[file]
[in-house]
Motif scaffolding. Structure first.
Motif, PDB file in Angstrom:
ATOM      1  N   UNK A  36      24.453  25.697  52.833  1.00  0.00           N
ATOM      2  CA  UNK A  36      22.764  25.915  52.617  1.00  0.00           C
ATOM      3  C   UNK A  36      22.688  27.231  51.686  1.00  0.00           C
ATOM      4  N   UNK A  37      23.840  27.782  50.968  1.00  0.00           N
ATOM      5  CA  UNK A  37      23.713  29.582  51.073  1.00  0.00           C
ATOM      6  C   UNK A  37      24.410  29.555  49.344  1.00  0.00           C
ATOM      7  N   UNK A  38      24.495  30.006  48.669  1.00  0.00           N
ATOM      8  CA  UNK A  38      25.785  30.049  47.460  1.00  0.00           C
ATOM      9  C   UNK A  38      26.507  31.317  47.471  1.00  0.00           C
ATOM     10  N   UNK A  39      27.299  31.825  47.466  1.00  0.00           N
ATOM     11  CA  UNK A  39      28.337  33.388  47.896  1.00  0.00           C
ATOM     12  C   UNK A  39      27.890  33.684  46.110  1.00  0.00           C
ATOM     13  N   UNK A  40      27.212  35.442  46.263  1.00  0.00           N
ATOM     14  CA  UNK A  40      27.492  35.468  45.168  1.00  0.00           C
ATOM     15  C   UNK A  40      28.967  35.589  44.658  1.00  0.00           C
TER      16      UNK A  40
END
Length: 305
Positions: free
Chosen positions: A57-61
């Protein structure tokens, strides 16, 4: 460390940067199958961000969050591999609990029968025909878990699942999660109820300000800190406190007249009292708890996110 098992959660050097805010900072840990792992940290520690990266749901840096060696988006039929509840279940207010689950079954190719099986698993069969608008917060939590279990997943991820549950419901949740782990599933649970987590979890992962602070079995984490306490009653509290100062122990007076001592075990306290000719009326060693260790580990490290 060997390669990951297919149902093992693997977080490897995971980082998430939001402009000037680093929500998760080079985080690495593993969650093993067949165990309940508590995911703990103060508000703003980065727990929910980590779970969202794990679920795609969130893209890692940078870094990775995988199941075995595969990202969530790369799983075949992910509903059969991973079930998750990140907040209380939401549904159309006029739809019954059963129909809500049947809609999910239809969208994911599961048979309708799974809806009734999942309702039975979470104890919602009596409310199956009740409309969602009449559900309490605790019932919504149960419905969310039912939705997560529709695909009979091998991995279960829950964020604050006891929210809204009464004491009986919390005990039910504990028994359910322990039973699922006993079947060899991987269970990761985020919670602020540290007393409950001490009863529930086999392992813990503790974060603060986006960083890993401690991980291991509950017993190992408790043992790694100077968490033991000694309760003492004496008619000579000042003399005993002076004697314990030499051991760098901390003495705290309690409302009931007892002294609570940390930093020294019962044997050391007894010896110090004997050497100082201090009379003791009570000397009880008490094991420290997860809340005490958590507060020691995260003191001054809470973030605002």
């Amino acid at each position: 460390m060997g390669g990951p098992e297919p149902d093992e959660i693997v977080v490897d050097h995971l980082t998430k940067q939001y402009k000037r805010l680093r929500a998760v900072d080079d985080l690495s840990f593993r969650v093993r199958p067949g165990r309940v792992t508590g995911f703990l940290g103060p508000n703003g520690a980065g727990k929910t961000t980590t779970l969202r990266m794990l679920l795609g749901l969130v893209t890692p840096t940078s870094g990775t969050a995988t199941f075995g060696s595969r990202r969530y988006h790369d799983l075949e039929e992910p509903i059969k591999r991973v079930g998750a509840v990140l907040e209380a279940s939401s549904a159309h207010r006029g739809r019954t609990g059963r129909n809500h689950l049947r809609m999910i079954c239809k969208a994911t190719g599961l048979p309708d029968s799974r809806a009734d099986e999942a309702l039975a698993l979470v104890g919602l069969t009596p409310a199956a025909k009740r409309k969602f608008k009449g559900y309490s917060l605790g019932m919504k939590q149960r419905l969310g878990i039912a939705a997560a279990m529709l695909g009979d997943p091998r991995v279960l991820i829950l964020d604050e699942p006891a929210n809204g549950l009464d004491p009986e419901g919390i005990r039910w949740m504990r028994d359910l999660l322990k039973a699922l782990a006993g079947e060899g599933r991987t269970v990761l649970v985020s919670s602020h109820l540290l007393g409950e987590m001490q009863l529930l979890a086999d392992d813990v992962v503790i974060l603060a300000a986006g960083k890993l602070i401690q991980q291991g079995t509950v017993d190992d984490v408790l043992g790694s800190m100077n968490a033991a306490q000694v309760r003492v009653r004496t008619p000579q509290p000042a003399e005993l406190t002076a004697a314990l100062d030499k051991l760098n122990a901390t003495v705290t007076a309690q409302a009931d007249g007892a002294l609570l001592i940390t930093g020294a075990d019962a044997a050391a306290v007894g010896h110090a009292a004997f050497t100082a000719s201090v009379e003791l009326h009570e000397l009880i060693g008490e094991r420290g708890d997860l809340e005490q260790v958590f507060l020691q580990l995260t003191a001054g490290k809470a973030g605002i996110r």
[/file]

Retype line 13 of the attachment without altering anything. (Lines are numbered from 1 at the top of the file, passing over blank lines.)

ATOM     10  N   UNK A  39      27.299  31.825  47.466  1.00  0.00           N